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3 surprising ingredients to boost flavor in your recipes
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3 surprising ingredients to boost flavor in your recipes

1035287818 – Lenox and Parker

Looking for easy ways to add zing to snacks and meals, as well as holiday entertaining? Adding just a few flavor-packed ingredients can revamp recipes with very little effort. Consider adding dried fruits to your daily meals and snacks, as they’re not only full of flavor, but packed with nutrition, too. Because dried fruit needs no refrigeration, it’s also a great on-the-go snack for packing in school lunches, gym bags or keeping in your office desk.

Did you know a serving of dried fruit counts as one serving of fruit toward your daily nutrition goals? That’s just one more reason to sneak dried fruit into lots of recipes, for a pop of flavor that gives every dish more depth and appeal. These dried fruits also contain no added sugar — they just provide natural sweetness to your recipes.

Here are three dried fruits to try for maximum taste and nutrition.

1. Apricots

Plump, sweet and delicious, one serving of dried apricots is only 100 calories. Apricots are a good source of vitamin A and potassium, and they can be eaten as a snack or added to a variety of recipes. Mediterranean and Indian dishes are great uses for dried apricots. Try chopping them up to add zing to rice pilaf, or to balance the spice and heat in an Indian meal. Baked goods like muffins or oatmeal cookies are enhanced by adding chopped dried apricots.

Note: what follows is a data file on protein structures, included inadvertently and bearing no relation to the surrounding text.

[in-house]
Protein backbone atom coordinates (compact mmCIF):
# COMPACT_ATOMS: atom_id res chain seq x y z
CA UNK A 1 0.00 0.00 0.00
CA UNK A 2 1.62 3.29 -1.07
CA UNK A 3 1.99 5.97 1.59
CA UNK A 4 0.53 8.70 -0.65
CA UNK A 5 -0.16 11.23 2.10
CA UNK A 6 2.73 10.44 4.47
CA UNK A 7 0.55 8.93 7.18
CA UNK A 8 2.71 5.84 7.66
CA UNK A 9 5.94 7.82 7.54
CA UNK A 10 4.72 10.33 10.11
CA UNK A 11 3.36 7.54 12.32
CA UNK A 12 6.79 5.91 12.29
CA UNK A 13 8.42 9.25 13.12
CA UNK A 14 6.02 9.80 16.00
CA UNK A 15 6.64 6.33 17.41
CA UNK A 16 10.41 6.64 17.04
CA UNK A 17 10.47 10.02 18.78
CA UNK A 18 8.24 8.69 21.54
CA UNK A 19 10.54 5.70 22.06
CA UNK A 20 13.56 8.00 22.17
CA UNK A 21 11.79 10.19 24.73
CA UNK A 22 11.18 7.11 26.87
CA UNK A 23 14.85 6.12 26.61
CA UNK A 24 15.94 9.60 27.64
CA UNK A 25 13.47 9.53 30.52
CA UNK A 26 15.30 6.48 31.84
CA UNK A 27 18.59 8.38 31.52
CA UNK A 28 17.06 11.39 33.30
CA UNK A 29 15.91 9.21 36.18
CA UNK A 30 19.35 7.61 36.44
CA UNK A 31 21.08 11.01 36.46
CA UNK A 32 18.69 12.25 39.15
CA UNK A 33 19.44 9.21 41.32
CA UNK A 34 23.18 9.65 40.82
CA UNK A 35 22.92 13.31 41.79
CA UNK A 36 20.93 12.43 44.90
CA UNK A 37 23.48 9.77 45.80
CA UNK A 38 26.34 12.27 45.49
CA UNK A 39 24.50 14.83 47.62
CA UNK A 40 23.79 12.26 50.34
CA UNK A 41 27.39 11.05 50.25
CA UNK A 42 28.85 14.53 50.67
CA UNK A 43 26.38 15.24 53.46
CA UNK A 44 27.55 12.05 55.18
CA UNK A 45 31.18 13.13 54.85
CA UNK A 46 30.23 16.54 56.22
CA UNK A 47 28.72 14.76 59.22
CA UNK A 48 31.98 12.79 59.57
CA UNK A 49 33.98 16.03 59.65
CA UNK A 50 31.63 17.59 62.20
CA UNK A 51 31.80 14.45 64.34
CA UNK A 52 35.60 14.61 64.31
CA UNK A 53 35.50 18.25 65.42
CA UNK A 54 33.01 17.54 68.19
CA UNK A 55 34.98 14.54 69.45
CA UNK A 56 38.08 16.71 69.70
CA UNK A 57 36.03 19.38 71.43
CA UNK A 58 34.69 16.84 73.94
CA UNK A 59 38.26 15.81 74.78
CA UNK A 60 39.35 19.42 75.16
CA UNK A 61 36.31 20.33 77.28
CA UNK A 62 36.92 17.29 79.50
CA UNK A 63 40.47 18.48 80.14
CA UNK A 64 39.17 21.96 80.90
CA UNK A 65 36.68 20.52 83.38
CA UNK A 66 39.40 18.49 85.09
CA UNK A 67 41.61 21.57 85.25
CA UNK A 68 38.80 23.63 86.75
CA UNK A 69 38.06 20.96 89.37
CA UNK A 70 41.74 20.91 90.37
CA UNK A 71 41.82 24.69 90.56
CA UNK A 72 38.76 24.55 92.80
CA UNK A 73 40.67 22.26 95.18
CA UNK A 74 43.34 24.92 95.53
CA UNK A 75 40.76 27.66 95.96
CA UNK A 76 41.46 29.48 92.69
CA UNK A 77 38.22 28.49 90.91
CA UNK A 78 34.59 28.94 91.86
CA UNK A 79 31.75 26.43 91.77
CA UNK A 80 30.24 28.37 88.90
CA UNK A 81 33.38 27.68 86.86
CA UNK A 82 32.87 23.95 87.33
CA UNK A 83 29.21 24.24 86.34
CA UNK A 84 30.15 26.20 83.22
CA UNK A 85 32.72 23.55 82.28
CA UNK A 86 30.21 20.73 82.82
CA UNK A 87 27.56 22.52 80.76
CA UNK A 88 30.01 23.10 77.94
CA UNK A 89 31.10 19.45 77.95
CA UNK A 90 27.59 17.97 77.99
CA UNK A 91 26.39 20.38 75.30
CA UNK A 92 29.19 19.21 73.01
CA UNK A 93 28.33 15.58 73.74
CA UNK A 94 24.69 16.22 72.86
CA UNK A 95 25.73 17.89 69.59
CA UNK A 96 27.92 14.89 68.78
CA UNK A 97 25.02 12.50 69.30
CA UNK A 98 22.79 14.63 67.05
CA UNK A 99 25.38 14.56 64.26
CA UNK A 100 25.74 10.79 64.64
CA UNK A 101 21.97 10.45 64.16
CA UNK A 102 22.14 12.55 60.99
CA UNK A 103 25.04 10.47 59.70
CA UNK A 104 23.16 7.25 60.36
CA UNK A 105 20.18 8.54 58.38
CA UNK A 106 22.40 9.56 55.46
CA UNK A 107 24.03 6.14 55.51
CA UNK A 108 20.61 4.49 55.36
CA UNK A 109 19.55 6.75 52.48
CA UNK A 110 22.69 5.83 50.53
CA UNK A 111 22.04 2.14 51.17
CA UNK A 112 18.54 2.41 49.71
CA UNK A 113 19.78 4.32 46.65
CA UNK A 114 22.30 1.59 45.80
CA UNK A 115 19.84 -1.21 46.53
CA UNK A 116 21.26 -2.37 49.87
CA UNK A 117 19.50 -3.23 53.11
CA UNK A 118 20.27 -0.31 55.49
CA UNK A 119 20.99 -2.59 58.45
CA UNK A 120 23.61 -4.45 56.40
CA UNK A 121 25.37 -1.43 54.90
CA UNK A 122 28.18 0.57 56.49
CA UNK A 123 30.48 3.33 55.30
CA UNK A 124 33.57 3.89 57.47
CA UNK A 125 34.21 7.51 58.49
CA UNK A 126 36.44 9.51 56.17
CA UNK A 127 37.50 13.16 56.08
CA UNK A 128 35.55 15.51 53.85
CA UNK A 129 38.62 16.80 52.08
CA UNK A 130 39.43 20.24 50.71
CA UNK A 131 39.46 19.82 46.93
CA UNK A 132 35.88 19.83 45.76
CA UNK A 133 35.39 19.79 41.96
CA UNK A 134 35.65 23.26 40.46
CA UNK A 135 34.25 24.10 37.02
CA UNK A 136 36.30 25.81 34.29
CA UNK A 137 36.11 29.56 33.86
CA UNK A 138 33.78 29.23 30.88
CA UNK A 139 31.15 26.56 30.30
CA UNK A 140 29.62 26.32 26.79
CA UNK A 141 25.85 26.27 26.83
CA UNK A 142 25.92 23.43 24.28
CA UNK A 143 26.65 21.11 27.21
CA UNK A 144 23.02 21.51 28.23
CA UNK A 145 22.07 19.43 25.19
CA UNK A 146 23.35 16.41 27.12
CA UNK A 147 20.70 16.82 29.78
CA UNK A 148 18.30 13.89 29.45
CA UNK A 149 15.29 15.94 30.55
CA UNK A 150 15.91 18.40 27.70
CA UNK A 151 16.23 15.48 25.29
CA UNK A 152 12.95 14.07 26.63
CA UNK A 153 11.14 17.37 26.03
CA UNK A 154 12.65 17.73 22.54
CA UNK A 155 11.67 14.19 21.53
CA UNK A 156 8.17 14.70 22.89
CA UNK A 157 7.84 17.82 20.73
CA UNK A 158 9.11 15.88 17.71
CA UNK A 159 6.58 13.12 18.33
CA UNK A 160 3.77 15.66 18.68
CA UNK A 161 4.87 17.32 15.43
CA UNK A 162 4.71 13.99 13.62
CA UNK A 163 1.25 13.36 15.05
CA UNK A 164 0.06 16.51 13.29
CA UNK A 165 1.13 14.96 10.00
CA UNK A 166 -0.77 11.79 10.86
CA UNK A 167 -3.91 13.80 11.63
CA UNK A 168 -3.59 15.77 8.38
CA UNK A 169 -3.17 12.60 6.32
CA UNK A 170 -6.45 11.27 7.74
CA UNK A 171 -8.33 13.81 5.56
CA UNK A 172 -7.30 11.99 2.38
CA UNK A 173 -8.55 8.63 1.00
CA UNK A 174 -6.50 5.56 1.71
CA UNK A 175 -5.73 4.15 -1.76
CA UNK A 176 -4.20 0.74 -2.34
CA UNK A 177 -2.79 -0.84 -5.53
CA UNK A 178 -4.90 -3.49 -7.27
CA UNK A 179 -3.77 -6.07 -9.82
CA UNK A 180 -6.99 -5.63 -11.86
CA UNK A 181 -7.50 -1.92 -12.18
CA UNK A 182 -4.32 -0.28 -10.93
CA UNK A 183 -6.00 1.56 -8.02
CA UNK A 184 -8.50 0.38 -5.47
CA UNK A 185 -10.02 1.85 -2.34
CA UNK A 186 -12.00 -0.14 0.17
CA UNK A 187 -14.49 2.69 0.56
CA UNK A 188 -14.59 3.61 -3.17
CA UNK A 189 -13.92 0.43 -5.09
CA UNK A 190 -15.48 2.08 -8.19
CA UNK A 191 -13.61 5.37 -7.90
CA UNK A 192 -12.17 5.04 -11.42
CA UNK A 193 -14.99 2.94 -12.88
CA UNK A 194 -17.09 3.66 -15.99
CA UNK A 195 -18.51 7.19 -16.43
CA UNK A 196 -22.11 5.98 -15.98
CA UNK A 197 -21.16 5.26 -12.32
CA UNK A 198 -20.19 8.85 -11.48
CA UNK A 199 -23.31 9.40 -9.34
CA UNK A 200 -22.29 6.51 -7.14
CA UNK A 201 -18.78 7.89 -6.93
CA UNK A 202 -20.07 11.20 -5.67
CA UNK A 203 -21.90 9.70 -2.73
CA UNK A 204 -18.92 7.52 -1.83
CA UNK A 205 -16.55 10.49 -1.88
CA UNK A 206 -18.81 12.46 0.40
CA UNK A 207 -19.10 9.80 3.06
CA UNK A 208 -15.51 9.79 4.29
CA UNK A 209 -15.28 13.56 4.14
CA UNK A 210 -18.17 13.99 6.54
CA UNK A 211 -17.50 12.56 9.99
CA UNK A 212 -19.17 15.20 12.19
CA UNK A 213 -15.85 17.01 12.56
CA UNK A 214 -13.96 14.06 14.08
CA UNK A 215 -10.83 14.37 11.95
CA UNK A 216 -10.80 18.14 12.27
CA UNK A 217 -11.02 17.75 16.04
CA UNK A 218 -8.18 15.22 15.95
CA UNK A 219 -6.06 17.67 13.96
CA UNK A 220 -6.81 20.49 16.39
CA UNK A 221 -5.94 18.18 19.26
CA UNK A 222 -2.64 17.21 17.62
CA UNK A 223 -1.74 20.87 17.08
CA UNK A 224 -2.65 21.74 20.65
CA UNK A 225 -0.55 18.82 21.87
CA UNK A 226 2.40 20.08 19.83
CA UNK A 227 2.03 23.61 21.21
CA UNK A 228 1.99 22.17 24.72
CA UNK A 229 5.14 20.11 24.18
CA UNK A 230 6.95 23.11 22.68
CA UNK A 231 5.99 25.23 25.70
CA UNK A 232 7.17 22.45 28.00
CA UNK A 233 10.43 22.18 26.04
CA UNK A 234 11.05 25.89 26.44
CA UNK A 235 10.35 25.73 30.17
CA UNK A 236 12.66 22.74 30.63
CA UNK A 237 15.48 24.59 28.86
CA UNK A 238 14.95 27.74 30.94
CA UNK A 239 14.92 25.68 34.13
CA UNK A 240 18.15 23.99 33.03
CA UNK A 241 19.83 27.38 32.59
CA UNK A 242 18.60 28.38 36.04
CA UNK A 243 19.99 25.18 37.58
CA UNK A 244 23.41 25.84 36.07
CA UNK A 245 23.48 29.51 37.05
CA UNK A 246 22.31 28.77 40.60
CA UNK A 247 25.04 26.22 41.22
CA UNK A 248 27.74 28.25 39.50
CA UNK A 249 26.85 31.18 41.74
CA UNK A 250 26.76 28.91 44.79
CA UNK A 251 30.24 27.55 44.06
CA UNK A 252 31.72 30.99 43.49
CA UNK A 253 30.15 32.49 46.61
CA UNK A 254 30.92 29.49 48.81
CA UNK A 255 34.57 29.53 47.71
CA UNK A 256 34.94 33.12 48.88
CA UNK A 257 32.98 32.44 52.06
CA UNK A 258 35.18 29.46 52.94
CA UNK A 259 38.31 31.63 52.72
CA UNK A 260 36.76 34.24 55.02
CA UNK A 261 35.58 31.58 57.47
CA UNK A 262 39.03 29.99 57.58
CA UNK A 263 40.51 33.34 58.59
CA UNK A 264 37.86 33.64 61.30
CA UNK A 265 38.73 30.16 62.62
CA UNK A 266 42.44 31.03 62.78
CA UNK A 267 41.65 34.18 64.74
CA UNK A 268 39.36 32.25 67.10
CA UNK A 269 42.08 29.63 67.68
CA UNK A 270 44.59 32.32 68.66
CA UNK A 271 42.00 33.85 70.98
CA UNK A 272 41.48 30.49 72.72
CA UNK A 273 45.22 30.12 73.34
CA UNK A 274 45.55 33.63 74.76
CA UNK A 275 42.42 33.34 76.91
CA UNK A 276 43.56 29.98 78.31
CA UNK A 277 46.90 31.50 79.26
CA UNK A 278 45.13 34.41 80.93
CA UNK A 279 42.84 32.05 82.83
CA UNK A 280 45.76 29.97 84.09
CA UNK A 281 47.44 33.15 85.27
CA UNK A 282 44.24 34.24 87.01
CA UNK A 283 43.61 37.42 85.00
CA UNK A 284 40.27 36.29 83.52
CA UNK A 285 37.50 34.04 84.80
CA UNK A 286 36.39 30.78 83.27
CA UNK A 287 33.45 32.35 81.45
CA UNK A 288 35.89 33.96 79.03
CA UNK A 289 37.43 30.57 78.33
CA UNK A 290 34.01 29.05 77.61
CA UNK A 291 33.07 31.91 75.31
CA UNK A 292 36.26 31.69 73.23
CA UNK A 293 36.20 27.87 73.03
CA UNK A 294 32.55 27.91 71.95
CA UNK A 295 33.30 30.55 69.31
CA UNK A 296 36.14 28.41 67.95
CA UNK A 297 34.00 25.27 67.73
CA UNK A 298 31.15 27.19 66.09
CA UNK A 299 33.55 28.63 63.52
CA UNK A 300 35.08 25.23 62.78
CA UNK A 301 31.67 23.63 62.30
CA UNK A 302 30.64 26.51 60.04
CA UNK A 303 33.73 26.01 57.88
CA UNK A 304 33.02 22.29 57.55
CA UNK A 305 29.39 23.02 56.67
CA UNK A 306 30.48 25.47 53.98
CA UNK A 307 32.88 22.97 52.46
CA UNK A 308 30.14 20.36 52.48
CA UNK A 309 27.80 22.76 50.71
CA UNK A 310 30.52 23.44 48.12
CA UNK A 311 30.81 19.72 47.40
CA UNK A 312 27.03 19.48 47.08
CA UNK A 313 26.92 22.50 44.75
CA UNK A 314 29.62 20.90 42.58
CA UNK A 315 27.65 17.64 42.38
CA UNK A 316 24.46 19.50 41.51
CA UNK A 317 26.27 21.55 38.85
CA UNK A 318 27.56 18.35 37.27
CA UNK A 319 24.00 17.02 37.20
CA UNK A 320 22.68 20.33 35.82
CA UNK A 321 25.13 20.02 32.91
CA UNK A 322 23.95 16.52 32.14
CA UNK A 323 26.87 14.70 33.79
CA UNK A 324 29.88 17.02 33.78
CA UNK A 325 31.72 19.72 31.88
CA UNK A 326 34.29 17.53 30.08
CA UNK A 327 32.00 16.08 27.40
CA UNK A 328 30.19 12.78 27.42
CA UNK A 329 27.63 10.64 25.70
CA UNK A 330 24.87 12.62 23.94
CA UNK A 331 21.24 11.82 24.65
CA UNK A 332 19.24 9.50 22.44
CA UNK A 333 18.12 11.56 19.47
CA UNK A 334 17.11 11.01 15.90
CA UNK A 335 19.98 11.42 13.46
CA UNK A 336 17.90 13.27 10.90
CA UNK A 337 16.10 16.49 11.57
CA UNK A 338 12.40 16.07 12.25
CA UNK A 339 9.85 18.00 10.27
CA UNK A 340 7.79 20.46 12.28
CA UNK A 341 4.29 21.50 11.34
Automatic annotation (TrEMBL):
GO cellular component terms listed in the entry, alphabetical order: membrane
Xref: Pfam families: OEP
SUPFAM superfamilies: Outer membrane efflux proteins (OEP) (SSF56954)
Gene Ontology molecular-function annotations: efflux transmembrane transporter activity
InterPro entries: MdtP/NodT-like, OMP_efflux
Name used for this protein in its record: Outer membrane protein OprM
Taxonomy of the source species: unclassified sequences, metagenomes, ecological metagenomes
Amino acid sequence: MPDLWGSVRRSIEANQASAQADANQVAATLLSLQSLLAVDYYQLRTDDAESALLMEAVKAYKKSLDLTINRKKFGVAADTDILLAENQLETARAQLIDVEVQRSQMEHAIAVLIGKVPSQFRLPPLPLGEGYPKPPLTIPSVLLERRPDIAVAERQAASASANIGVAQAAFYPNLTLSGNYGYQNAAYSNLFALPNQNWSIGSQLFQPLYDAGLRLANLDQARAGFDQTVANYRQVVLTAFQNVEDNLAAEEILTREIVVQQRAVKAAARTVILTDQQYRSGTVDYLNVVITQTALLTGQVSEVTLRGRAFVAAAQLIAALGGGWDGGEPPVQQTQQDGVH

2. Prunes

Prunes are a great addition to many baked goods, like cakes, cookies and bars. Compared to other dried fruits, prunes are lower in naturally occurring sugar and have a low glycemic index of 29. Prunes are an all-natural source of fiber, with 3 grams of fiber per serving. Studies suggest that 5-6 prunes per day can help to support bone health. Their richness adds a lot of texture and flavor to any dish. They complement pork dishes well, and they can add sweetness to your holiday stuffing recipe.

3. Dates

Perfect for sweet and savory dishes, one serving of dates is a good source of dietary fiber. Dates have a rich sweetness that makes them a valuable asset to desserts like bars and cookies. Dates pair well with nuts, pork and squash.

This recipe from Sunsweet Growers Inc. using dates can be served with a family meal or for holiday entertaining.

Acorn Squash Date Bowls

Prep time: 4 minutes


2 small acorn squash
1 tablespoon coconut oil
Salt and pepper to taste
1 (15-ounce) can garbanzo beans, rinsed and drained
1 sprig fresh rosemary
1 cup water
1/2 cup dry quinoa
3 tablespoons pumpkin seeds
6 Sunsweet Pitted Dates (or more to taste)


Preheat oven to 425°F.
Cut acorn squash in half and scoop out seeds. Brush coconut oil over inside of squash halves.
Roast in oven on baking sheet, cut side down, 30 minutes. Turn cut side up and season with salt and pepper; roast 20 minutes more.
Place garbanzo beans in rimmed baking dish and toss with 2 teaspoons coconut oil and a pinch of salt. Roast 15 minutes, then stir lightly and add rosemary; roast 5 to 10 minutes more.
Place water and quinoa in small saucepan and bring to a boil. Reduce heat to low and cook, covered, 15 minutes. Remove from heat with lid still on and let stand 10 minutes, then fluff with fork.
Chop Sunsweet Pitted Dates and roasted rosemary. Stir together dates, rosemary, quinoa, garbanzo beans and pumpkin seeds.
Scoop into acorn squash and serve warm.
Makes 4 servings.

Picked fresh off the trees at the peak of ripeness, these fruits are then dried to preserve the nutrients so you can enjoy seasonal fruit all year long, versus only when they are in season. For more recipe ideas using dried fruit, visit

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